This is the end of my first year gluten free with celiac disease and I've found to just let the wheat eaters alone. I used to love wheat and the GF bread is different but I need it to be healthy. I do believe that gluten hates me I so stay away. I just pack my food if GF food isn't available. I have a few friends that will go out of their way to go over their menus with me and others I know are not capable so I just take my lunch. I've just learned to take wheat laden store bought food to pot lucks and eat my delicious GF food I have packed. If I call a restaurant and they do not accommodate me I will buy a beverage and eat my packed meal. I call them and get an OK since my companion will be buying a wheat meal. My husband eats GF but still has his wheat stash. He had his own section of the kitchen with his own toaster and cutting board. He often orders GF when eating out which warms my heart. He thinks we are eating much healthier but he likes wheat. I am truly putting socializing first and food last. I can't change the actions of other or their mind sets but I can mine. I do bake GF when I have visitors and I've had good reviews – I love to bake. I have those feelings if deprivation if I don't have food in my purse and there is not a vegetable stick or nut in sight and I have to sip my wine with no crunch but at least I'm invited to the party and one of the tribe. People is what it is all about – my "problem" is not who I am.

  11. I love you.

    I wish i lived close enough to pop in with a gluten free and whatever-else-you-need pie. or cake. your choice.

    xoxo

  12. Alicia says:

    Thank you for this site! I get your Holiday Issues. I myself don't have that issue yet, but I know it has been hard for my SIL as her son has Celiac. She now only lets him eat food she prepares no matter what. We have all accepted that and even when he comes over, if he eats his sandwhich we are careful to put it on paper plates or napkins, not our plates that have had gluten on them. Yesterday I got bad news (not my gluten test results or dairy yet) that my Inflamatory Marker is at 13.4. YIKES. So, this means I am highly allergic to something (probably gluten since family history). But, Dr. wants me to go on the Elimination diet. I am totally scared…what on earth will I eat. I had already started to go GF and planned our Christmas Dinner to be GF, but now this…..I am going to call and meet up with the nutritionist asap!

  13. Joanie H says:

    My heart is overflowing with emotion and tears are spilling down my cheeks…, not only from your words shared, but the stories shared through people's comments. You've struck a chord here. While we rejoice in finding new recipes and give thanks to those who are so creative, for many, there is an underlying deep pain that no tasty recipe can make better….

    Thank you, Heidi, for the beautiful, brave and creative person you are. For sharing a gift with countless people in our gluten-free blog world. For letting others know they are not alone in their experiences. And, for the reminder that we have a great gift in this life ~ HOPE! And may more people utter those 3 powerful words, "Why aren't you?" Abundant blessings.

  14. Such a great post, Heidi. As a Mac lover and a gluten-free food lover, I applaud you! :) We must keep rebooting whenever we crash, and be thankful our systems are hooked up to an excellent network like this wonderful, online, gluten-free community! Merry Christmas to you, "Clark" and your lovely family. ;)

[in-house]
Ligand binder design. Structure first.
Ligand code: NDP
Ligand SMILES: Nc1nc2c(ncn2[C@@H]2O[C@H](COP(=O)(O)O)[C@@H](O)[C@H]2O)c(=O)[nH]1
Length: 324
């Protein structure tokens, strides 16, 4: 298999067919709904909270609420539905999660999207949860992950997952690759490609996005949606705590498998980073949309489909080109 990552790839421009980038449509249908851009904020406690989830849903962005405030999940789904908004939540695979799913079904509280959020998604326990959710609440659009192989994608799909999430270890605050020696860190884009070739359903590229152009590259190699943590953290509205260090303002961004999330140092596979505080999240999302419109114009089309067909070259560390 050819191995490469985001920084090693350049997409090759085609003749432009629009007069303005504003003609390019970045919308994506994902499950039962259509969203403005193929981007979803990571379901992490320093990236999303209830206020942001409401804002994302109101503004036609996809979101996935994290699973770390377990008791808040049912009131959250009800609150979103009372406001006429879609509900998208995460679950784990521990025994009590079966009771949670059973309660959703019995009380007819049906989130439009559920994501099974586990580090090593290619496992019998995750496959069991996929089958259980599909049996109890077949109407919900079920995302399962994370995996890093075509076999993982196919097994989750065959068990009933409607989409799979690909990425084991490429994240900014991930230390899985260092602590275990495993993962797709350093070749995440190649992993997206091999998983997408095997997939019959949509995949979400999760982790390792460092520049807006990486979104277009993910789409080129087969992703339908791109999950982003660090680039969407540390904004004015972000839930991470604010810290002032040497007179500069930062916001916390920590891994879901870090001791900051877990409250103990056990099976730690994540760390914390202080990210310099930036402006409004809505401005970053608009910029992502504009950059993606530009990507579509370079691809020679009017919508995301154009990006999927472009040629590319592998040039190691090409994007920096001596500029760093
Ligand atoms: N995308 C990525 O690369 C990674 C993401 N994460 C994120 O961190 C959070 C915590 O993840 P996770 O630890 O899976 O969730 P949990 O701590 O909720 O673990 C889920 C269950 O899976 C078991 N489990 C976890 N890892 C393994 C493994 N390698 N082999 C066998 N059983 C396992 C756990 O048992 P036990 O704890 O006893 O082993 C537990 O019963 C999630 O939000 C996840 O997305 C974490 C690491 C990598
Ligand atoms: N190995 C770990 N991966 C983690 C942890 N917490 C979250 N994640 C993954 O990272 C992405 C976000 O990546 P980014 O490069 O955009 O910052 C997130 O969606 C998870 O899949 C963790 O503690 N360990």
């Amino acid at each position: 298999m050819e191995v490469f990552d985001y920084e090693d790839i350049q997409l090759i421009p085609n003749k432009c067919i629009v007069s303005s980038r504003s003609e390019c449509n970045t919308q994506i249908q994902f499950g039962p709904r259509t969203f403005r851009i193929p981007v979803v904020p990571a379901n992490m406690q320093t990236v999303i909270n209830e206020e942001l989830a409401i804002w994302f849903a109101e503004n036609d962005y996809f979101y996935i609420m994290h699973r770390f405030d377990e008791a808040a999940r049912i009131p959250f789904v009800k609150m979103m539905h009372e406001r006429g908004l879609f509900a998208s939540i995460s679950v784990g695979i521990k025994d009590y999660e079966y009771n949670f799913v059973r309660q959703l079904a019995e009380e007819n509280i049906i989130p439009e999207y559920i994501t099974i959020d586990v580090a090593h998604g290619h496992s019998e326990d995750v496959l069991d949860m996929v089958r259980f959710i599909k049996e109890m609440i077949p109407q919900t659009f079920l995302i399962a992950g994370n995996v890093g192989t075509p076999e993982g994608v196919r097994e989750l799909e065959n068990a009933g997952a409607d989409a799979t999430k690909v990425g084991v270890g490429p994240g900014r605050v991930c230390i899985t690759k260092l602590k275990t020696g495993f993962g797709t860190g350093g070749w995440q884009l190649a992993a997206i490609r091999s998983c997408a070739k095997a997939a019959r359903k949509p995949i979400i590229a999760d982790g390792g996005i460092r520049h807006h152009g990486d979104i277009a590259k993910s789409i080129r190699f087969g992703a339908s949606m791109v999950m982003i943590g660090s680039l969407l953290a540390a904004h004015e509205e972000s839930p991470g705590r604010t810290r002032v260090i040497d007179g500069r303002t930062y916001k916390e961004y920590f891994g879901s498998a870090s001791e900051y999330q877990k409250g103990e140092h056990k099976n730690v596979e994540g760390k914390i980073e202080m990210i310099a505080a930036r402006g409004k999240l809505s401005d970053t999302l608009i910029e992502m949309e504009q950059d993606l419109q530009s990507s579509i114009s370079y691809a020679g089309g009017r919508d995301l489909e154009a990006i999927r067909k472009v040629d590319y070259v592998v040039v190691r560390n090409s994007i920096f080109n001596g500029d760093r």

15. Missy says:

    Thanks for all you do with your web site. I have been gluten free since March, and both of my children (7 and 4) are gluten free as well (along with having to go dairy free, egg free, and soy free). Your recipe for gingerbread house was fantastic, and our gingerbread house turned out great–a few pieces had to be glued together with frosting, but the house held up. Thank you so very much for rescuing our beloved family tradition of making a gingerbread house every Christmas. And it was delicious too. Thanks for sharing your journey. My son put a Christmas card in my stocking, "Thanks for keeping me healthy." It's been like a part time job learning to make delicious recipes that do not have gluten, casein, eggs, or soy, and it's been really hard and I had a lot of flops at first–and I found some recipes on your web site that worked for us. Thanks so much!

  16. bookladyDavina says:

    Wow. Love this post. We found out about my gluten issues this past spring, so this has been our first holiday season GF. It has been a challenge at times. Hubby loves the changes that have happened for me already in the last few months and agrees this is a great change for me, but he doesn't want to give up gluten himself, and my step daughters who are only with us part time are leery of it as well, but I'm slowly working on them. Haven't yet found a bread or rolls they like much yet, but I'm still learning and trying new recipes (spent the first few months with store items or boxed mixes, am now comfy enuf to try scratch again..) Made crackers everyone loved and we stick to naturally gf things as much as possible, which helps a ton! Some of the things I've come up with even hubby thinks are better then the old gluten filled versions we use to make, so there is progress, yay! but it's still a struggle, and I live in an area where things aren't always readily available and options are sometimes limited (Alaska) and eating out is VERY limited. But I am learning and I am working on trying to get the family to learn with me, like it or not! :) We are fortunate enough to live too far from most of our extended family for them to be an issue right now. Have suggested testing to my mom, pretty sure it's her side I get this from, and it might help greatly with her MS, but she didn't like the way things tasted and it was 'too much trouble" but slowly working on her as well, but from a distance, it's hard.